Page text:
Welcome to the brand new version of RhiannonLaurie.com! I didn’t want our new blog to be lonely or empty, so I’m including some of the best posts from before. This one was originally published on Jan. 17th, 2011.
I’ve been thinking a lot lately about playing in tune.
Once Upon a Time I was a Violinist…
And in all the years of study, even when I was a music major, I never played consistently in tune. Despite the fact that my ear for intonation is actually quite excellent.
It’s just that there is a lot of smack talk that goes around in orchestras, and the worst insult ever was that someone had played out of tune.
Obviously she shouldn’t be a first violin/a chair ahead of you/a soloist when that F#/D/arpeggio that she played the other week had been so sharp/flat.
Why Violins are so Difficult
See the violin doesn’t have holes of precise sizes you cover with your fingers. It doesn’t have keys to hit. It has invisible spots on smooth strings that, when you hold your finger on them just right, will vibrate with surprising sweetness. And a finger just a millimeter away won’t produce anything like the same resonance and richness.
You can feel it through your arm, your chin, and down into your chest. It hovers in the air. That’s being in tune or out of it.
Starting on the wrong foot
I started playing a lot later than a lot of violinists do, so there was a little while when I could hear the notes but couldn’t hit them correctly.
Everyone knew. I knew. And I tried to protect myself the only way I could – by blocking out my ability to hear the notes.
Whether or not a note (or entire string) was in tune had become about whether I was a good person or an impostor. And the prospect of being the latter was so scary that I didn’t let myself hear it.
For years, lessons revolved almost entirely around whether or not I’d played a note or run of notes in tune.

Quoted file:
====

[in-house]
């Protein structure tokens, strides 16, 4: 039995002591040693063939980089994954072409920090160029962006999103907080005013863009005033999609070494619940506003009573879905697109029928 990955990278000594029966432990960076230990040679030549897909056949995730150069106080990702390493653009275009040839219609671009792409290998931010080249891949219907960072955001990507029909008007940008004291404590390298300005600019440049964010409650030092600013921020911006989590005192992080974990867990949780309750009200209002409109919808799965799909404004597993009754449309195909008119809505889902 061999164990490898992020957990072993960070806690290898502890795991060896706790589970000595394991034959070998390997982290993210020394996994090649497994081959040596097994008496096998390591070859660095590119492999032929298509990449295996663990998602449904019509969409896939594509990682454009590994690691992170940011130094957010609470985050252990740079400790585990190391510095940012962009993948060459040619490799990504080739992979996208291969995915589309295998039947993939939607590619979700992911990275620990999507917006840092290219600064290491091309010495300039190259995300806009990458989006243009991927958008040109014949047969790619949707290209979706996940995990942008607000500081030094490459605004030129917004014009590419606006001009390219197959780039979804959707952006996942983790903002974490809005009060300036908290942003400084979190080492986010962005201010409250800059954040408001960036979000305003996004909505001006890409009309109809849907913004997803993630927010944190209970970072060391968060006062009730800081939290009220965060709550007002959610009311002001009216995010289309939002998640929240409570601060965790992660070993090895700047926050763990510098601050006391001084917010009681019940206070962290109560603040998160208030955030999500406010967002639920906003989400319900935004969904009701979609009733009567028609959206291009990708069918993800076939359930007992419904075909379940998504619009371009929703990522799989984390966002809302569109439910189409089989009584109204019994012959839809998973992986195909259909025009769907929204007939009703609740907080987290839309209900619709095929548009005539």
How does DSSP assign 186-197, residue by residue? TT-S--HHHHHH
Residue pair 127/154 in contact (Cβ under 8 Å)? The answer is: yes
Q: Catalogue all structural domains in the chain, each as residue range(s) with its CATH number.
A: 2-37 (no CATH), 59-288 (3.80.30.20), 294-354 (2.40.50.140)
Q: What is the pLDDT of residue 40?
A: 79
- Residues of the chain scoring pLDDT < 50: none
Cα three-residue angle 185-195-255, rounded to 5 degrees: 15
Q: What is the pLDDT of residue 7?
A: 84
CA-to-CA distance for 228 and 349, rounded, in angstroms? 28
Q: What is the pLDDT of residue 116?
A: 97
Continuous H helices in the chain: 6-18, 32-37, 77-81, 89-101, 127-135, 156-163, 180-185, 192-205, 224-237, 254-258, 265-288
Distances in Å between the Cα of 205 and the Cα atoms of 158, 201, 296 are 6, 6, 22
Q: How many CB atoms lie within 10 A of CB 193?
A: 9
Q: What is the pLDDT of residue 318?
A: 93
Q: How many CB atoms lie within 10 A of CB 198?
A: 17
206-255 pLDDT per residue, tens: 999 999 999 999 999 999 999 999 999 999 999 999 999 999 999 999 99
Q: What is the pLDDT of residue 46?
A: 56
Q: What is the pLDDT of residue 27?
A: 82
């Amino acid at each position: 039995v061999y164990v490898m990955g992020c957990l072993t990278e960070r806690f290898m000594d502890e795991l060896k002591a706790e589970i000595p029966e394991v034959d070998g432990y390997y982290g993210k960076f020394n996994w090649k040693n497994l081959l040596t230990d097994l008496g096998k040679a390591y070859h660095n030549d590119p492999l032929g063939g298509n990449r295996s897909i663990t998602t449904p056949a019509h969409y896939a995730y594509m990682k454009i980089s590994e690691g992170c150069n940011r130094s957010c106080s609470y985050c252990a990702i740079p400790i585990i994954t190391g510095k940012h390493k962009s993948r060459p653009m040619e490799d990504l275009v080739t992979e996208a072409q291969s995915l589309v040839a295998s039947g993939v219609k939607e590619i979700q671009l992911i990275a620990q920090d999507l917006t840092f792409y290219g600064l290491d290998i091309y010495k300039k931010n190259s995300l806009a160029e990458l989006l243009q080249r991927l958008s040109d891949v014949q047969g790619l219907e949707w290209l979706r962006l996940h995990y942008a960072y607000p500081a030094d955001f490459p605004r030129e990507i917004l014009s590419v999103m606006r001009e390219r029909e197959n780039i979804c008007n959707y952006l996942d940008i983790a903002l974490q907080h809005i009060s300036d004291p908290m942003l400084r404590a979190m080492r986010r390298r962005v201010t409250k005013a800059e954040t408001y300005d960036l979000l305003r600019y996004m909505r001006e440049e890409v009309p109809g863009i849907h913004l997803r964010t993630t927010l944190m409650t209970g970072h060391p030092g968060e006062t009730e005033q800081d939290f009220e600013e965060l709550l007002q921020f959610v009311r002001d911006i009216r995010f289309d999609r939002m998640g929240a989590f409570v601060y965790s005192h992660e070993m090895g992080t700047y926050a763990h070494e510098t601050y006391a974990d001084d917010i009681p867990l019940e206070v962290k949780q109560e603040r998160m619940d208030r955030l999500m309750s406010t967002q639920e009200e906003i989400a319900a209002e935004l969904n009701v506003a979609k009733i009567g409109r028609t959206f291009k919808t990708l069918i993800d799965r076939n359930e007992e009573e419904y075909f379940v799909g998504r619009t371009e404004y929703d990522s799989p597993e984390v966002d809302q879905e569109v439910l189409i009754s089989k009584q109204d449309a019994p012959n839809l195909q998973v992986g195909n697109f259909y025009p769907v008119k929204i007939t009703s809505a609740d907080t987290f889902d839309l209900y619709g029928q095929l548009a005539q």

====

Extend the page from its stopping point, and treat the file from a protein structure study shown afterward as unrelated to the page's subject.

It was a great mystery how I could sing it perfectly, hear if someone else had played it wrong, evaluate my playing on tape…but I often didn’t have the slightest clue as to whether what I’d just played had been sharp or flat or completely right.
If you’re usually flat, edge sharp…
When I was working on a very difficult song for my senior recital, I started playing towards the flat side. I didn’t know this myself, of course, but my teacher would tell me.
So I would go through the incredibly fast and difficult runs, the jumps between positions, and the key changes thinking “play sharp, play sharp, play sharp.”
To the vague idea I was playing flat I countered with a vague goal to play sharper, and therefore (theoretically) in tune. Are you seeing how this might apply to your own life yet?
And I still remember the day it finally hit me.
I was spending all my time on this song. It was the one which would be recorded and sent off to colleges, not to mention playing it with the orchestra backing me up in front of an entire auditorium of people.
And slightly less flat or only a little over-corrected to the sharp side wasn’t going to cut it. Mostly in tune wasn’t going to cut it. I hope those notes were right wasn’t going to cut it.
You have to know it is in tune.
Which sounds terribly perfectionistic, I’m sure. But it’s not.